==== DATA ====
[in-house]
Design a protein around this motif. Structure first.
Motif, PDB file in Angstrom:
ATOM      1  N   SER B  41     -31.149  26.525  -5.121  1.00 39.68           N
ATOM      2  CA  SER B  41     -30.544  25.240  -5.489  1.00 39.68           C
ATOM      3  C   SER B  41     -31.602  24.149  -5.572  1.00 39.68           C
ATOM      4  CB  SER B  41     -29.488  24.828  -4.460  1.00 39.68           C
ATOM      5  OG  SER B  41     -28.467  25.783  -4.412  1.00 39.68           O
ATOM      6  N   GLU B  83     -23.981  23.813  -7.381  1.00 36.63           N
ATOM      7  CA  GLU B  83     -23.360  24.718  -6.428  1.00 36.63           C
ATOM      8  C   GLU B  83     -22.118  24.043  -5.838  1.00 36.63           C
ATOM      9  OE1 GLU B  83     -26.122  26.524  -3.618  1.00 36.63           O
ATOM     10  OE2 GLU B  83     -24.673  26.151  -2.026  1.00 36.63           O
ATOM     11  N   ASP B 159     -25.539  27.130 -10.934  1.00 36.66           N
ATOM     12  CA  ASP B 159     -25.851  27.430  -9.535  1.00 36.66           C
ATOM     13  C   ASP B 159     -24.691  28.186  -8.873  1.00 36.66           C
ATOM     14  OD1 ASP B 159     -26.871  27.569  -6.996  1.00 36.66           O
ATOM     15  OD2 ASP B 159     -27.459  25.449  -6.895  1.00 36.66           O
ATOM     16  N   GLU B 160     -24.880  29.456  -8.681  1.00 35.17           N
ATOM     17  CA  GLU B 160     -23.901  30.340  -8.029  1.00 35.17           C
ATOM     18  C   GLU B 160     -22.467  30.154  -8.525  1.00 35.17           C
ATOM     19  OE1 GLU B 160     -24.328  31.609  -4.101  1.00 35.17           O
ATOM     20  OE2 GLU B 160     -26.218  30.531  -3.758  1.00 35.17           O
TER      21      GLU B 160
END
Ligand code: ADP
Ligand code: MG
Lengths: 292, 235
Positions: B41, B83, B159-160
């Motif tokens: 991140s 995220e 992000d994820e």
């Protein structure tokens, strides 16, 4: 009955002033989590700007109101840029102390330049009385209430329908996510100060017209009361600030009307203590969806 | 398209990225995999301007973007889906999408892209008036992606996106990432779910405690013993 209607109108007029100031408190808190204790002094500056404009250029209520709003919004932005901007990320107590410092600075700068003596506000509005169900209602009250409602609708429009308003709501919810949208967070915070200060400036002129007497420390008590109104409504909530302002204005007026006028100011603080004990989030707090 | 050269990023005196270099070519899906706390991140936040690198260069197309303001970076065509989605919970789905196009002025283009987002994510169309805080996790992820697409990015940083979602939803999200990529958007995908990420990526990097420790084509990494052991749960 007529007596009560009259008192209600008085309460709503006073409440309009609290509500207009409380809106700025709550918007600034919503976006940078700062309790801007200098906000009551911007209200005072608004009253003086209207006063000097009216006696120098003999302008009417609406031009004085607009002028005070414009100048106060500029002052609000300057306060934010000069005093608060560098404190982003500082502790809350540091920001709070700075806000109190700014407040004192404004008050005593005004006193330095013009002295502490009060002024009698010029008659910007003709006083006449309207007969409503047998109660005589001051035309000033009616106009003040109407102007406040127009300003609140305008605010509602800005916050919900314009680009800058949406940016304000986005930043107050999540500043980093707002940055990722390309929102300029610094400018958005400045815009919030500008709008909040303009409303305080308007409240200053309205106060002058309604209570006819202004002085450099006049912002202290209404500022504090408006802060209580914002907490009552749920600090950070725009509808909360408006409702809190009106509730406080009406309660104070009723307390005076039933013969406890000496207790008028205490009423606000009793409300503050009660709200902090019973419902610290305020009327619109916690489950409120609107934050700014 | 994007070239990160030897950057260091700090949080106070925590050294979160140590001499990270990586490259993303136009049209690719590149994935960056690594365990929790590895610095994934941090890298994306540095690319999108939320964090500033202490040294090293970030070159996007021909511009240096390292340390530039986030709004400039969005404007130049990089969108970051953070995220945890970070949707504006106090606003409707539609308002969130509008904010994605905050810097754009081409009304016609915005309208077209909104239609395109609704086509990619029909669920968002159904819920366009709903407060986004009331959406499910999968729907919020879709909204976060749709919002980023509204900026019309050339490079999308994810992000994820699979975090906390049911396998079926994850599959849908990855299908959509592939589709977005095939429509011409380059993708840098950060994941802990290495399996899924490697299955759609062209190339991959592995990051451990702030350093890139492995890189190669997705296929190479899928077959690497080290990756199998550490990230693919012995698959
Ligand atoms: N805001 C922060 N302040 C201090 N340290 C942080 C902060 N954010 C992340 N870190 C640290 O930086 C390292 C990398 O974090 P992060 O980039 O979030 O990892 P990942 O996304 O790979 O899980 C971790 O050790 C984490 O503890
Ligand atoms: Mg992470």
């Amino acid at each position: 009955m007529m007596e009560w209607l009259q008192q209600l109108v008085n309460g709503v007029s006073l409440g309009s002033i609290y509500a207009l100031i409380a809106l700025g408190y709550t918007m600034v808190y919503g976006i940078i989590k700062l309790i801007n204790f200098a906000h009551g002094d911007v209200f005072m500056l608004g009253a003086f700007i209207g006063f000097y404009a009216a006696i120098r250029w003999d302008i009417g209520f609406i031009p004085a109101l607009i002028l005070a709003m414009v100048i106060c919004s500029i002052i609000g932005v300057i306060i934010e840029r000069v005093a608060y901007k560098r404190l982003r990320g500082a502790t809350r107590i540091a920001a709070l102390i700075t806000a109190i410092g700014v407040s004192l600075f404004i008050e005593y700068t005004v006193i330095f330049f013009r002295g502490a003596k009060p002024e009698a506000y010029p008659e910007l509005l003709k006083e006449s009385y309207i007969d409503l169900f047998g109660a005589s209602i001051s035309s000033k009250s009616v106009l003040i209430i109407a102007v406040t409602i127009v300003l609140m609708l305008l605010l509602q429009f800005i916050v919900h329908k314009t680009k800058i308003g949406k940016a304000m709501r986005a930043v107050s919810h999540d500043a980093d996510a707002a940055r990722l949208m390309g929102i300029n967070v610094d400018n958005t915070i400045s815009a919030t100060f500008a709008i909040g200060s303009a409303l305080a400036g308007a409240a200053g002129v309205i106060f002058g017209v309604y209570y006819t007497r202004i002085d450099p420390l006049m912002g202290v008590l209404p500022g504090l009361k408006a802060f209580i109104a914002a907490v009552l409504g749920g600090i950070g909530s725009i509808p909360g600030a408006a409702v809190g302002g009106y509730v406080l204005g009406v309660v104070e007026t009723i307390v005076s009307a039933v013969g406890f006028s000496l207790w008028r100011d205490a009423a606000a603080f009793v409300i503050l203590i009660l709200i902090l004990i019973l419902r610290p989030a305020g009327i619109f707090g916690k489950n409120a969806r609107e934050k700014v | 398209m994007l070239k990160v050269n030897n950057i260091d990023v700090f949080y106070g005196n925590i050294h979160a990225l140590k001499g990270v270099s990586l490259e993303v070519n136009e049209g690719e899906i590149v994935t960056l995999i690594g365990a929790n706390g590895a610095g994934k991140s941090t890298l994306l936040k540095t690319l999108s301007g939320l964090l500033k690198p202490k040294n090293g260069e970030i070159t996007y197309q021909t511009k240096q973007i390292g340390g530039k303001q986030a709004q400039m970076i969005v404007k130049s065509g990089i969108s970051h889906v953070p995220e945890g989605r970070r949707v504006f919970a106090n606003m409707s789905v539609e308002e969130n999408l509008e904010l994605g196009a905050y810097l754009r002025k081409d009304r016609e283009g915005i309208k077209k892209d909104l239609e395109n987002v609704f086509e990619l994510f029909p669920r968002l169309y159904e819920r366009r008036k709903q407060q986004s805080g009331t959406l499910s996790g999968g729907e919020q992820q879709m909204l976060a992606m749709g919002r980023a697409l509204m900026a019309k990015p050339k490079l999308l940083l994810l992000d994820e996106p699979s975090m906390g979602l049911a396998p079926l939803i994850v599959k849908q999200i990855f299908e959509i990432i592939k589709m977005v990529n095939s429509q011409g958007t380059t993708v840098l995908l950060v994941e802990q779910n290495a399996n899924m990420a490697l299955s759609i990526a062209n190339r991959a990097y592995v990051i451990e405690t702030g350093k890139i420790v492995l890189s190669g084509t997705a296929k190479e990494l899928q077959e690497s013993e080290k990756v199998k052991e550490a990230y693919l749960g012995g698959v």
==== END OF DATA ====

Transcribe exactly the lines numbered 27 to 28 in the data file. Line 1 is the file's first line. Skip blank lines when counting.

Ligand code: MG
Lengths: 292, 235